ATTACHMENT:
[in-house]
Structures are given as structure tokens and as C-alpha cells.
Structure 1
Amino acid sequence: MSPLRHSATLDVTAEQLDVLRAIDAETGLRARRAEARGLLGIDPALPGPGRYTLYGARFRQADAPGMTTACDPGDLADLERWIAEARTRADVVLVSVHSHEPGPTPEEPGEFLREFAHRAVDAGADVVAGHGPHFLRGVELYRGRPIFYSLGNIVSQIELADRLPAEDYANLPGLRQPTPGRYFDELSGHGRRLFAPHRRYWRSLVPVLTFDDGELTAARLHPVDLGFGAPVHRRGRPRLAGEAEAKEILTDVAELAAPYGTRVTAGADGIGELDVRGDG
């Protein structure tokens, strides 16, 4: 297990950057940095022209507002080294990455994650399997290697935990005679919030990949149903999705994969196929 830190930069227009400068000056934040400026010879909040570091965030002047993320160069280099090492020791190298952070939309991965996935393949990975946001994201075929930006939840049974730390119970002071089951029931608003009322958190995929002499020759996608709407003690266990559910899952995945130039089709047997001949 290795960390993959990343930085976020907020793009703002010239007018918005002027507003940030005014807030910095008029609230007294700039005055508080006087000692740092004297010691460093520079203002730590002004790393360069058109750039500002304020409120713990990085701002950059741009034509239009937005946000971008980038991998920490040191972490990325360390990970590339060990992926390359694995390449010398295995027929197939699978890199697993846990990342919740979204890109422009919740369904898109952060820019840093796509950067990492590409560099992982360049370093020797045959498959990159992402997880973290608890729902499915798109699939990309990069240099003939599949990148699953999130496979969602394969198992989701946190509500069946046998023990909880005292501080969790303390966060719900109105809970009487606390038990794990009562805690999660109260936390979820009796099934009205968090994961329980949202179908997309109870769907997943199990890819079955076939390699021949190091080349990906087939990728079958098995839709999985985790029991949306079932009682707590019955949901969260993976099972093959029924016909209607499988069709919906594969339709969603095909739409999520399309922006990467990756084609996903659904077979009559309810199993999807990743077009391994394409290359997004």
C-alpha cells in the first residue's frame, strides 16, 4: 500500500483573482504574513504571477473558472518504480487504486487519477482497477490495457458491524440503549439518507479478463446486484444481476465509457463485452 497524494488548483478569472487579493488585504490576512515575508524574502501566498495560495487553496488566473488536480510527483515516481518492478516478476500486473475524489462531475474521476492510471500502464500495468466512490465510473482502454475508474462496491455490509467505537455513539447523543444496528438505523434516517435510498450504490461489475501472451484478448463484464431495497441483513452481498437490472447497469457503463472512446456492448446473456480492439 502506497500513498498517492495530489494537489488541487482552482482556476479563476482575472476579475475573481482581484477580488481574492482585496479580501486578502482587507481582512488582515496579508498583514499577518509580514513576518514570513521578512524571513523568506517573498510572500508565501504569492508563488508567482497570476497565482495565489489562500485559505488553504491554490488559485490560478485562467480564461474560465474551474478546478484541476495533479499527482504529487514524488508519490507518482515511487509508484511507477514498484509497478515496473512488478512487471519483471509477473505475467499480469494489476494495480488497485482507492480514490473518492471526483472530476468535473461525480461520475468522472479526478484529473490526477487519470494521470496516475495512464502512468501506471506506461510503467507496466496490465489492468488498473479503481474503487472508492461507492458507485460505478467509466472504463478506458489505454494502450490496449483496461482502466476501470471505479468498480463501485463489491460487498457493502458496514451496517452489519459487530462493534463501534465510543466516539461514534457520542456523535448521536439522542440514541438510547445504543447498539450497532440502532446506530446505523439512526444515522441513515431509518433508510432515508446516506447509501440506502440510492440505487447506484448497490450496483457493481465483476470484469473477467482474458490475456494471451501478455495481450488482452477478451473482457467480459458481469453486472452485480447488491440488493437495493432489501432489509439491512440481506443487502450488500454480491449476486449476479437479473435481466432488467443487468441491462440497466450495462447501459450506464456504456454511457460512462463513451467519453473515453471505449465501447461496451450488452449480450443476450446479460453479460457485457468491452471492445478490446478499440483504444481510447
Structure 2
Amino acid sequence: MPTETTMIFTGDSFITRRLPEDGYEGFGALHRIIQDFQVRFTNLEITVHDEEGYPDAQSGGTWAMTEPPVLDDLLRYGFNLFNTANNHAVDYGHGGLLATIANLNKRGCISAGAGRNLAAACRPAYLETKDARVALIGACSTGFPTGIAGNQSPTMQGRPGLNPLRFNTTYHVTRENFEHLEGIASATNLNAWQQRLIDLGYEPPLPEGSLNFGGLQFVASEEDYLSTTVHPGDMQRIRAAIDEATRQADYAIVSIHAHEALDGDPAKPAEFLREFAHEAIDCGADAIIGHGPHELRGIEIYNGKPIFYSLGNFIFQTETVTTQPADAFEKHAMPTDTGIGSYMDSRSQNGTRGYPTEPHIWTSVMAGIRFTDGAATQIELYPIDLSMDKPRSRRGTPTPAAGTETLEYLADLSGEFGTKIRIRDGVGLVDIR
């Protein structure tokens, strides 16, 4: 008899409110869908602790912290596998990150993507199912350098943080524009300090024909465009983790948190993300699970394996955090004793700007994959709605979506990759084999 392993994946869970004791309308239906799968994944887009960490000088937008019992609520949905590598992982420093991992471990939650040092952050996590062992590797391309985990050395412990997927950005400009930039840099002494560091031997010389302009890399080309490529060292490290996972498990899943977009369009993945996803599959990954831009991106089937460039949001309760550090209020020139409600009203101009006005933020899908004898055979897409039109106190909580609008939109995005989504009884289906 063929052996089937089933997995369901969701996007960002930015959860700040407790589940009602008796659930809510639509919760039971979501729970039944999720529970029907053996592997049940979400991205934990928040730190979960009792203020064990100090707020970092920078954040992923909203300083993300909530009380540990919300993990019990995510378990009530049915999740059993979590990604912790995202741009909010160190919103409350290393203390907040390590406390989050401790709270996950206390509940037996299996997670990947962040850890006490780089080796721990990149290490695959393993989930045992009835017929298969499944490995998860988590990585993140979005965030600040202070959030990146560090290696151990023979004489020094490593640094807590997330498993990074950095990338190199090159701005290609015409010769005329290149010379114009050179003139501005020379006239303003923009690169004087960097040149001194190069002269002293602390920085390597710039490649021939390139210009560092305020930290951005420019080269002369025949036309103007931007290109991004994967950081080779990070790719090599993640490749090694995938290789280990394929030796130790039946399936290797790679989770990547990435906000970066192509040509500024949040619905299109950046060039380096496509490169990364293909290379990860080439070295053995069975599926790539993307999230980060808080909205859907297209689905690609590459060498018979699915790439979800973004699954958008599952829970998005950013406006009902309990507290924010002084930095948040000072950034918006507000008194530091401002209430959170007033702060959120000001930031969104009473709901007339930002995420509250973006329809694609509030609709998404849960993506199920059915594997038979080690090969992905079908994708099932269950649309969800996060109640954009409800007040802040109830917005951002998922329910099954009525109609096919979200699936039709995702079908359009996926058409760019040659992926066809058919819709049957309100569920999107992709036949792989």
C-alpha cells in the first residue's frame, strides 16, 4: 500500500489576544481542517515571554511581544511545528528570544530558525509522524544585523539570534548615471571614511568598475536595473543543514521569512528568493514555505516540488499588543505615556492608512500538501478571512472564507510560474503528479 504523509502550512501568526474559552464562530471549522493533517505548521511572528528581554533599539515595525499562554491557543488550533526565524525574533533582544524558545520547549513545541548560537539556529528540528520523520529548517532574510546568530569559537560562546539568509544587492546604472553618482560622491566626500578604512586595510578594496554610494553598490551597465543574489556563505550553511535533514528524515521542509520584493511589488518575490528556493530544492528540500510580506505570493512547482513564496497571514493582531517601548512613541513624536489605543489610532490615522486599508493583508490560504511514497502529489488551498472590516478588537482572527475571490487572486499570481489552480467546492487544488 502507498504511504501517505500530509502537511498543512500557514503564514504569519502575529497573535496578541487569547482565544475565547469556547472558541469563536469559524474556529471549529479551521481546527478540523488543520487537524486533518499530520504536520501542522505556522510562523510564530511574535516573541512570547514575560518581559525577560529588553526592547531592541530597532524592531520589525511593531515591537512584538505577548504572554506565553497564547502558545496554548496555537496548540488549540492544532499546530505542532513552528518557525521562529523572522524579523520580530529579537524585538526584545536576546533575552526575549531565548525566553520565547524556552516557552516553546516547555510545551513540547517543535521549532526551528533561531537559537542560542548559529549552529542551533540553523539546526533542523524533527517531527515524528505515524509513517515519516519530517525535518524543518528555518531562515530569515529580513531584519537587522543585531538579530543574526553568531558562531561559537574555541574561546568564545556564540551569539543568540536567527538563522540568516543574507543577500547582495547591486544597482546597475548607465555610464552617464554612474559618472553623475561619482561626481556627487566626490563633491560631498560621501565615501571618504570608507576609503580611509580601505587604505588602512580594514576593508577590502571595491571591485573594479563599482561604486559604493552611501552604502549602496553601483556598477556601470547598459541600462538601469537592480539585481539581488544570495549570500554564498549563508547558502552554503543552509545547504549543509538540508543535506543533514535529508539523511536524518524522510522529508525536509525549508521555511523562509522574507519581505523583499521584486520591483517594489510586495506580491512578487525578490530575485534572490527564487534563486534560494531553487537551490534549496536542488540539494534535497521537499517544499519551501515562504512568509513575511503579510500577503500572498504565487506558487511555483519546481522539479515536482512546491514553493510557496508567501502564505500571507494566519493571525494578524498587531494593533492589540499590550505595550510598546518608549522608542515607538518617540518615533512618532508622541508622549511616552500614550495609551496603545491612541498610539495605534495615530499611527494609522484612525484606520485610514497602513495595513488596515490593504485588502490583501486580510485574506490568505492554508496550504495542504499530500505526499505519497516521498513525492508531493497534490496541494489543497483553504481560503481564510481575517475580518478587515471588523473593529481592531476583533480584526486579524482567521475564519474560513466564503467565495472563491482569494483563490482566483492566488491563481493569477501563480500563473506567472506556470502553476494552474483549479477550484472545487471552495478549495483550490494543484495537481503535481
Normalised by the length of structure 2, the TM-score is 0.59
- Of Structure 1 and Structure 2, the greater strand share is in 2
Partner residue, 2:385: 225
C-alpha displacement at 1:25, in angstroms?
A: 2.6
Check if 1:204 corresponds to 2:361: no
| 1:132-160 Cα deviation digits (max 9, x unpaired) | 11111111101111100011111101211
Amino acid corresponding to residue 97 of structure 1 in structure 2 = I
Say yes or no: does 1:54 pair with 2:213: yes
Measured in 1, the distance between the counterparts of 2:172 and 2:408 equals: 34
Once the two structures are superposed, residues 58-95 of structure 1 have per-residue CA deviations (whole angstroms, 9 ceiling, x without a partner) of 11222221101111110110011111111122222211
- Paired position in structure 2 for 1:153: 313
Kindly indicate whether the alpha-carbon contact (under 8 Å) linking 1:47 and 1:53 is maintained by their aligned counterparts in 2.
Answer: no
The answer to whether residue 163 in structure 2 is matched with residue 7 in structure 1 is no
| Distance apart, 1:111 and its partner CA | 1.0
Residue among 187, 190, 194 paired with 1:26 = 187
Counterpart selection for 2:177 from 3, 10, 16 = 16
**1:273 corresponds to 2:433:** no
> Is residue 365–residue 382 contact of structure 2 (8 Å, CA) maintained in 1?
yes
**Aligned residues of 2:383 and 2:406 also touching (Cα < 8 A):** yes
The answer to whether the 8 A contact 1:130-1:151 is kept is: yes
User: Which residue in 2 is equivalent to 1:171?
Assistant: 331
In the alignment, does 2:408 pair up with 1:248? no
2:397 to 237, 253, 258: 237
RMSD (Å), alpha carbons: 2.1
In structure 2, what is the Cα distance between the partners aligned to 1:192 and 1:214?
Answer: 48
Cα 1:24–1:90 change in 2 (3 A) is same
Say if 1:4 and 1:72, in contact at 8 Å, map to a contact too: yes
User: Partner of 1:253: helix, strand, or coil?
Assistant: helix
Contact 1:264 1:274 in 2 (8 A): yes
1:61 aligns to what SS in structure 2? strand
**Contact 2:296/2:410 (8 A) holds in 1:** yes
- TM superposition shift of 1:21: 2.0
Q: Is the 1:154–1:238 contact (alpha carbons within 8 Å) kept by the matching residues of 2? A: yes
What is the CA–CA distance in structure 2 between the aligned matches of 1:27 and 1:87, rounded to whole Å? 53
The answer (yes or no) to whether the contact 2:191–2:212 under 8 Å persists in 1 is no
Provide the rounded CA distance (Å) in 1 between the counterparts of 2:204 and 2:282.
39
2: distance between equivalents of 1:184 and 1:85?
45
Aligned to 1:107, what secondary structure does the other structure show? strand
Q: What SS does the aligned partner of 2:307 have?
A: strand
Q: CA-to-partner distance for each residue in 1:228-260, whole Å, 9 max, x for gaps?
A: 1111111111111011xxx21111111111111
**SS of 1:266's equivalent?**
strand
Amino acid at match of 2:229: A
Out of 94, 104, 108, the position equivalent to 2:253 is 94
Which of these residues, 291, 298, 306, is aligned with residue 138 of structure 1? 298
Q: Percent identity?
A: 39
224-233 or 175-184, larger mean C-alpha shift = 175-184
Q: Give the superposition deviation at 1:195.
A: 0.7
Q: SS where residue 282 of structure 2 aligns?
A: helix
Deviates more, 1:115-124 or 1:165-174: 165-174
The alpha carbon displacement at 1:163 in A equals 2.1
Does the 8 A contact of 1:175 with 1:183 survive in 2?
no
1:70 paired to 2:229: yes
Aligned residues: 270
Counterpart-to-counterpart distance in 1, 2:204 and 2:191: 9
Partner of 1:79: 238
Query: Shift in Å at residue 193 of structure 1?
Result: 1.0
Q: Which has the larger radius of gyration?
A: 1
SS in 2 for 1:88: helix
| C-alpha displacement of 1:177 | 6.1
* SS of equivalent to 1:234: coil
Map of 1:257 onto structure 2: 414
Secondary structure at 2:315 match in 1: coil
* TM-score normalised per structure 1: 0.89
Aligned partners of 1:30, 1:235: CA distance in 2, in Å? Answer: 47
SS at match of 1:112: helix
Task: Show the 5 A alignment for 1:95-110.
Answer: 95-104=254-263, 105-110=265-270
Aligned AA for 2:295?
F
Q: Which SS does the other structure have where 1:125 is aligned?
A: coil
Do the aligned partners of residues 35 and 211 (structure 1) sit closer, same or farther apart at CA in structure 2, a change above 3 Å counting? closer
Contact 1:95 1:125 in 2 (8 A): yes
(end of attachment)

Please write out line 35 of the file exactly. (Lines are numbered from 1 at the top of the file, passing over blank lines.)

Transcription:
Assistant: 331